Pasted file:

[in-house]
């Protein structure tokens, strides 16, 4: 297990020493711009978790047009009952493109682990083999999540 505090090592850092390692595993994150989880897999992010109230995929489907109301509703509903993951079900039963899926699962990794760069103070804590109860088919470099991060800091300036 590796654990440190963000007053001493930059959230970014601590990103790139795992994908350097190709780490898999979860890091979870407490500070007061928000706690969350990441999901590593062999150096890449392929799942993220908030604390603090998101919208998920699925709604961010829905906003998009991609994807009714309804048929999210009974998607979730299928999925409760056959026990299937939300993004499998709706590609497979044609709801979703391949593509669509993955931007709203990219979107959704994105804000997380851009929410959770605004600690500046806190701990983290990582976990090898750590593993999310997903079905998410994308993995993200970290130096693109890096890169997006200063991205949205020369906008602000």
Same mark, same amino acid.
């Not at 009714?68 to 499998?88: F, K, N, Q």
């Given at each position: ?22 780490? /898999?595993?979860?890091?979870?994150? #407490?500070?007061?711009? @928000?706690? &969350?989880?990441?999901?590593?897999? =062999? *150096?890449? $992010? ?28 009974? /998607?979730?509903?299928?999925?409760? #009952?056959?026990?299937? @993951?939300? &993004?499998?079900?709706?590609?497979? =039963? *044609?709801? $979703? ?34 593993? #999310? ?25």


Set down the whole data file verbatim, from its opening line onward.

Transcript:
[in-house]
């Protein structure tokens, strides 16, 4: 297990020493711009978790047009009952493109682990083999999540 505090090592850092390692595993994150989880897999992010109230995929489907109301509703509903993951079900039963899926699962990794760069103070804590109860088919470099991060800091300036 590796654990440190963000007053001493930059959230970014601590990103790139795992994908350097190709780490898999979860890091979870407490500070007061928000706690969350990441999901590593062999150096890449392929799942993220908030604390603090998101919208998920699925709604961010829905906003998009991609994807009714309804048929999210009974998607979730299928999925409760056959026990299937939300993004499998709706590609497979044609709801979703391949593509669509993955931007709203990219979107959704994105804000997380851009929410959770605004600690500046806190701990983290990582976990090898750590593993999310997903079905998410994308993995993200970290130096693109890096890169997006200063991205949205020369906008602000």
Same mark, same amino acid.
């Not at 009714?68 to 499998?88: F, K, N, Q």
């Given at each position: ?22 780490? /898999?595993?979860?890091?979870?994150? #407490?500070?007061?711009? @928000?706690? &969350?989880?990441?999901?590593?897999? =062999? *150096?890449? $992010? ?28 009974? /998607?979730?509903?299928?999925?409760? #009952?056959?026990?299937? @993951?939300? &993004?499998?079900?709706?590609?497979? =039963? *044609?709801? $979703? ?34 593993? #999310? ?25």